A couple of weeks ago I began preparing for my spring classes. At roughly the same time several students approached me and wanted to know more about our incredible honeybees.
After the conversation ended, a few hours later, I thought about jotting down what was said. The following is the abridged version.
The more scientists find out about how life’s rich tapestry works — and that each critter has such a crucial role to play — the more we are convinced that all life-forms share a number of similarities. It’s truly uncanny.
Take for example humans and honeybees: we are quite similar in a number of ways. We both share addiction and rage management issues. Bees and humans just can’t seem to get enough caffeine, nicotine or cocaine; once we start the euphoric “give-me-more” insatiable gene dominates our habits.
It also turns out that both angry humans (mostly males) and worker honeybees (exclusively females) head-butt one another. In the case of the honeybees, when the hive is under attack bees stop their sexy waggle dance for a tenth of a second and vibrate 380 times a second. Vibrations are accompanied by head-butting fellow workers, which we now know conveys that the hive is under siege.
Over the past four years a quarter of a trillion honeybees have died prematurely on our home, planet Earth. Clearly something is terribly wrong here.
In so many different ways the bees are acting as nature’s canaries in coal mines. Of the 100 crop species providing 90 percent of the world’s food — about 74 percent are pollinated by bees. The bees are the first critters to touch and help make our food; they are getting sick around the globe. As a matter of fact, in March of 2011 the United Nations issued a warning that mass bee deaths signal the writing on the wall for global food security.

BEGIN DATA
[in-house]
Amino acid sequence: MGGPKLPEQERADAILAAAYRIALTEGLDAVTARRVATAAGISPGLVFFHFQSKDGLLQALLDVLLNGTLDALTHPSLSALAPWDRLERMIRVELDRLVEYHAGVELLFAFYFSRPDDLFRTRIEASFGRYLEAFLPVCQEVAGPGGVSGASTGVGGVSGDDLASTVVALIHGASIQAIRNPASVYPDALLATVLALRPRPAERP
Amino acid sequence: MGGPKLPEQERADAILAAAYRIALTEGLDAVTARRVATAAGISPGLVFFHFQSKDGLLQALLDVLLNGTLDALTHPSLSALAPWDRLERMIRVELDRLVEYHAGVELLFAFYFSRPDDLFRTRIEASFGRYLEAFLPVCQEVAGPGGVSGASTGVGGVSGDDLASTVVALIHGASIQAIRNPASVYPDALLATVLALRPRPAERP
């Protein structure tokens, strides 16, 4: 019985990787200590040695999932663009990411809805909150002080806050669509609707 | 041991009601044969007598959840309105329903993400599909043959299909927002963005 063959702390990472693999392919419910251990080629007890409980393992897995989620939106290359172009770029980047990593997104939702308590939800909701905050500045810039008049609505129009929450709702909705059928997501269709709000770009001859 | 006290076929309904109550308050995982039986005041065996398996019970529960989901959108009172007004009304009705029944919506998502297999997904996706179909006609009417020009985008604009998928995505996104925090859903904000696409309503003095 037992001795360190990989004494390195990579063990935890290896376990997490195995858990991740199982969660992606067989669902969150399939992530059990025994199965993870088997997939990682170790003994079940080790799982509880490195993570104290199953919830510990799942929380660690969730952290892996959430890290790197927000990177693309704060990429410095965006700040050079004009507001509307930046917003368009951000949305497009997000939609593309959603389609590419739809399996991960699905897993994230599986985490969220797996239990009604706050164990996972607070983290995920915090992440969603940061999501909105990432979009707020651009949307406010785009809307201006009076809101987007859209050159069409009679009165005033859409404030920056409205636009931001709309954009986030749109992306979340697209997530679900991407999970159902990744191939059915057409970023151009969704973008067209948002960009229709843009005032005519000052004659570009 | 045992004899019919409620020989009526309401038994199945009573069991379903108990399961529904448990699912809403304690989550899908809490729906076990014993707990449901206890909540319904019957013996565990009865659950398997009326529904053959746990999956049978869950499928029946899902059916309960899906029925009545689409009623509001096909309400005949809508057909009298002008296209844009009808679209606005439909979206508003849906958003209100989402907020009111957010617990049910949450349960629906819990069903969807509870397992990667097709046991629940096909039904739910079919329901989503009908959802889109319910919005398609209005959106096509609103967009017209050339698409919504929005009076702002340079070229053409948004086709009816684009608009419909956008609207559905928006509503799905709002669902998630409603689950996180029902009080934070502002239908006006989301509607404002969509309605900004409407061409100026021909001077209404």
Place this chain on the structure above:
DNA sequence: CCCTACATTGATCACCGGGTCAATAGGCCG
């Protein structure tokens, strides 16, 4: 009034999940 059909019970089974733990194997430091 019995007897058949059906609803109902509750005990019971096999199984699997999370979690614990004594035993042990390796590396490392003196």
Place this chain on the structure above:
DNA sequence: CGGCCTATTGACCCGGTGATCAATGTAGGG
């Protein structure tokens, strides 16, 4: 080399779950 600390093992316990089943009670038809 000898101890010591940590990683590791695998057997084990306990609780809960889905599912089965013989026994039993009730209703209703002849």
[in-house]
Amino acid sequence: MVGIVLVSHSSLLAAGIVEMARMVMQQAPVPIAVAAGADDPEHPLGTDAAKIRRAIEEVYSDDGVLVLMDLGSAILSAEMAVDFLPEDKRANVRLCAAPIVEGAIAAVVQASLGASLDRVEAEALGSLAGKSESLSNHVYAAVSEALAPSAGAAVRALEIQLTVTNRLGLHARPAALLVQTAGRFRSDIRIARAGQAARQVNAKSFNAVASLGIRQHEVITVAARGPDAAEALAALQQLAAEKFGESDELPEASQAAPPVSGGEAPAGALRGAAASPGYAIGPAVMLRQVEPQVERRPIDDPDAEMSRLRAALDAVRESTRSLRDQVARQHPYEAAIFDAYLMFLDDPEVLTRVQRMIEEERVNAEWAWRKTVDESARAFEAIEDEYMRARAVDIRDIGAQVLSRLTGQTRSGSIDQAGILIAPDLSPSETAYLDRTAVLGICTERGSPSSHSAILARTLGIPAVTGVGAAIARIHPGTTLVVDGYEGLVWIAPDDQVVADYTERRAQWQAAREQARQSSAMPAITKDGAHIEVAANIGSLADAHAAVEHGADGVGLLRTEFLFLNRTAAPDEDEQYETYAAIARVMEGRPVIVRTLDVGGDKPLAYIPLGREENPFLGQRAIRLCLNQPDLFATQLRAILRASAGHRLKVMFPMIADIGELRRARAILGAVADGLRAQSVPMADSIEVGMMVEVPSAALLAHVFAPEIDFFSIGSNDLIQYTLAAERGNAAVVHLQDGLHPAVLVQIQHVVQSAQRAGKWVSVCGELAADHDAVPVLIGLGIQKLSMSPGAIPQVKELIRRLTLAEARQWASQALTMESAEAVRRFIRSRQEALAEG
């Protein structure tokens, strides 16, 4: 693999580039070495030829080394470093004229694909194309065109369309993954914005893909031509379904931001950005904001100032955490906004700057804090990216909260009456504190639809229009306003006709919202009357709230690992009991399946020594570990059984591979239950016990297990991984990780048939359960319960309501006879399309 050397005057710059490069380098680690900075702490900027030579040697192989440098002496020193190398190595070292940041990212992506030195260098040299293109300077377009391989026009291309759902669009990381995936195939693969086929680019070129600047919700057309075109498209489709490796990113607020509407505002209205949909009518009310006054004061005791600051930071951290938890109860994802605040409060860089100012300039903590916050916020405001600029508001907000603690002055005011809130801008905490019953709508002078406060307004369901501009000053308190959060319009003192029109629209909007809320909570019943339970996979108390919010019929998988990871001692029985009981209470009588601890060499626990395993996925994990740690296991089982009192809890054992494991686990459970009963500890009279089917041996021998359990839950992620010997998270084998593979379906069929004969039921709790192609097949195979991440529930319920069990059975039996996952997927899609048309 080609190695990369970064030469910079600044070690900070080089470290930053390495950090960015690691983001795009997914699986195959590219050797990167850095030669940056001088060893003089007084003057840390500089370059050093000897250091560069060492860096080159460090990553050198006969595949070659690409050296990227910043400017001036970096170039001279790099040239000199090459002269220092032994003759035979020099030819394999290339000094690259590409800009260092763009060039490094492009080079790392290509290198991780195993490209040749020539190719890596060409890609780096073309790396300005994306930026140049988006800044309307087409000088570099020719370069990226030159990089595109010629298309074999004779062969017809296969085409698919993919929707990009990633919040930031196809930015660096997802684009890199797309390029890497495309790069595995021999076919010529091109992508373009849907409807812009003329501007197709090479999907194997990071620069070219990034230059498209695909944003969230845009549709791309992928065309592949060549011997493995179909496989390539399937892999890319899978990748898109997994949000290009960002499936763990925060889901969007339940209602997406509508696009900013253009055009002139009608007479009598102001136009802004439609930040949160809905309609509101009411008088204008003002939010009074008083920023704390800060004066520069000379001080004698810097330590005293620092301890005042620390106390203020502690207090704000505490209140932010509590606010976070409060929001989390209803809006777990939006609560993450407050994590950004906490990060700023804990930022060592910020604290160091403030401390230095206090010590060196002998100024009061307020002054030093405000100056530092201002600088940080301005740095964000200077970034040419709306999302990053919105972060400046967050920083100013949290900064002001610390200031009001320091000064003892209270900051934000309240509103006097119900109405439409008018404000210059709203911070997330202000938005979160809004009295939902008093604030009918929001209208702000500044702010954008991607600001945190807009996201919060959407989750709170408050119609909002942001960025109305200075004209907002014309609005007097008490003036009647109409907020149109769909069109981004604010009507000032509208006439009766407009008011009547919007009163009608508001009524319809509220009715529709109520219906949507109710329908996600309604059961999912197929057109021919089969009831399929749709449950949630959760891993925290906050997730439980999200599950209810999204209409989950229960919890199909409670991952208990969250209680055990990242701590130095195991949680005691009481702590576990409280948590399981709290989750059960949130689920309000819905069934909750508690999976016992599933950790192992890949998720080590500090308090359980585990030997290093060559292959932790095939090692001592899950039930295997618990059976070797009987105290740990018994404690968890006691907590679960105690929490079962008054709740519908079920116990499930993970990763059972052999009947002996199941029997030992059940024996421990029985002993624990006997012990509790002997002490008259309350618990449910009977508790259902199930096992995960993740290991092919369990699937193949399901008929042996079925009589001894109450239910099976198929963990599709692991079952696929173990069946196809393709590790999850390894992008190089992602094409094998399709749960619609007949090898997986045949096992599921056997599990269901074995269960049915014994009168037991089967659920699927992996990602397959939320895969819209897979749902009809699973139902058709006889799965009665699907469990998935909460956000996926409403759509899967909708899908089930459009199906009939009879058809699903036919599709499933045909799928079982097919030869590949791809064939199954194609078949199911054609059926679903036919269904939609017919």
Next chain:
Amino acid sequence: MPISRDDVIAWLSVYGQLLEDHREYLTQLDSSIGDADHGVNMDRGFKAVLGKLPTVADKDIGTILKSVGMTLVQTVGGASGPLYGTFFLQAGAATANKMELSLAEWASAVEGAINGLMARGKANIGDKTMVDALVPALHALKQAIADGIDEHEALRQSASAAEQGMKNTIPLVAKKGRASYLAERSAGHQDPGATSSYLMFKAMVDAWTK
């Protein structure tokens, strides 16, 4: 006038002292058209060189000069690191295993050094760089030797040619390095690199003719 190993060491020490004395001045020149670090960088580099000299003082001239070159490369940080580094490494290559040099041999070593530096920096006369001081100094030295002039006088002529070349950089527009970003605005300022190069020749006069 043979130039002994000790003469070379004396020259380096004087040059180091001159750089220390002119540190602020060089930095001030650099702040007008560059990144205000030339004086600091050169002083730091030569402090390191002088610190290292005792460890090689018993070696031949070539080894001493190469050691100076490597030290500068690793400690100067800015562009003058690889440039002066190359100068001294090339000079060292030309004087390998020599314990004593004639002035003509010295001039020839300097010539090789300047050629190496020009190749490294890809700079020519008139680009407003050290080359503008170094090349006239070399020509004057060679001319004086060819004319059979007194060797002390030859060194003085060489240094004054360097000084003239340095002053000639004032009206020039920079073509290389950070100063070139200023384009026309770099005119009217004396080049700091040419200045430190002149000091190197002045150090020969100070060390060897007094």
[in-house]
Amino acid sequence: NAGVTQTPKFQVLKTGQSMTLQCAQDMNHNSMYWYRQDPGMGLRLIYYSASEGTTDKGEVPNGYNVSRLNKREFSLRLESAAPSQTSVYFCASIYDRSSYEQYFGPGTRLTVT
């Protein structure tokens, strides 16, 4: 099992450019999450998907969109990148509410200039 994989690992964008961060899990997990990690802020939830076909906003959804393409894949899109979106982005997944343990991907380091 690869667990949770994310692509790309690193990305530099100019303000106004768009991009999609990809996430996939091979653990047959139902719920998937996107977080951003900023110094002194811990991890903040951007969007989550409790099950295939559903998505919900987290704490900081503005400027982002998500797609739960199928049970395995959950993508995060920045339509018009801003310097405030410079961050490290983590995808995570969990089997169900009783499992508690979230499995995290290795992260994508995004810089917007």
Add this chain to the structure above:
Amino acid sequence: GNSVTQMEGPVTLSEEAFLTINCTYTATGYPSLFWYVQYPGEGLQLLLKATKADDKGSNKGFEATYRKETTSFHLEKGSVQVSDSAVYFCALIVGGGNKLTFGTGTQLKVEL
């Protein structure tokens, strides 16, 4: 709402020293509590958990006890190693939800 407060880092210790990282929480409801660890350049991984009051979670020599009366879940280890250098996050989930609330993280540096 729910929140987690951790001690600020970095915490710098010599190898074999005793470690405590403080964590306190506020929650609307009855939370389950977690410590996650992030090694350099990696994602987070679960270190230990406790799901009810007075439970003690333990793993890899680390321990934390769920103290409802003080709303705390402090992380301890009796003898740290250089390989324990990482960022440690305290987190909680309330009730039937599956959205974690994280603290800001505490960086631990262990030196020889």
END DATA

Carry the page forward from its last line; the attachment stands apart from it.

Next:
The list of bee-caused deaths includes the collision of the following factors: neonictinoid insecticides, climate change, air pollution, introduced mites, bacteria, fungi, bee husbandry, exposure to high frequency cellular radiation and the latest discovery of parasitic flies.
When any organism’s autoimmune system is significantly compromised, not dissimilar to humans afflicted with AIDS, it becomes highly susceptible to a number of potential new ailments including parasites. In the case of our beleaguered honeybees the latter appears to be applicable.
Excellent work from the University of San Francisco recently showed that parasitic flies latch onto honeybees causing them to become disoriented and exhibit “zombie-like” behavior. Bees are social creatures and when they get sick they will not go home. Honeybees carry a selfless gene that sacrifices an individual to safeguard the entire colony.
The Santa Monica City Council is to be congratulated for allowing urban beekeepers the privilege of keeping hives in our city.
There’s a tremendous amount each of us can do to help urban bees. This spring I suggest planting native yellow and blue flowers in large patches. Please do not use any herbicides, insecticides, miticides or fungicides in your garden. Also, as the weather gets warmer place a bowl of water in the garden for the bees; they, too, need fresh water. Replenish that water bowl, daily.
Recently an investigative story I wrote was picked up by the Wall Street Journal because it had an important message about honey and our national food security in the U.S.
The Chinese are the biggest honey producers on the globe and they have begun in earnest to micro-filter hundreds of millions of pounds of honey, essentially removing the country of origin or the honey’s fingerprint, making it impossible to trace. China continues to use banned carcinogenic poisons on their crops. In 2002, 154,000 pounds of Chinese honey contaminated with chloramphenicol (which causes bone marrow failure) turned up in our grocery stores, unknowingly.
In America, we import at least 150 million pounds of honey and consume over 330 million pounds of honey, annually. It’s baked into everything from breakfast cereals to cookies and mixed into sauces, beverages, processed foods and even cough drops.
Protect your family, support local beekeepers by purchasing their honey. In Santa Monica we have a splendid Farmers’ Market — buy your honey locally.
Lastly, I strongly advise you to consider planting both vegetables and fruit-bearing trees this springtime. Our urban bees need healthy sources of nectar and pollen; and we need the bountiful produce that bees miraculously create.
Dr. Reese Halter is an award-winning science communicator: voice for ecology and a distinguished conservation biologist at California Lutheran University. His latest book is “The Incomparable Honeybee”; its been updated and revised. Contact him through www.DrReese.com.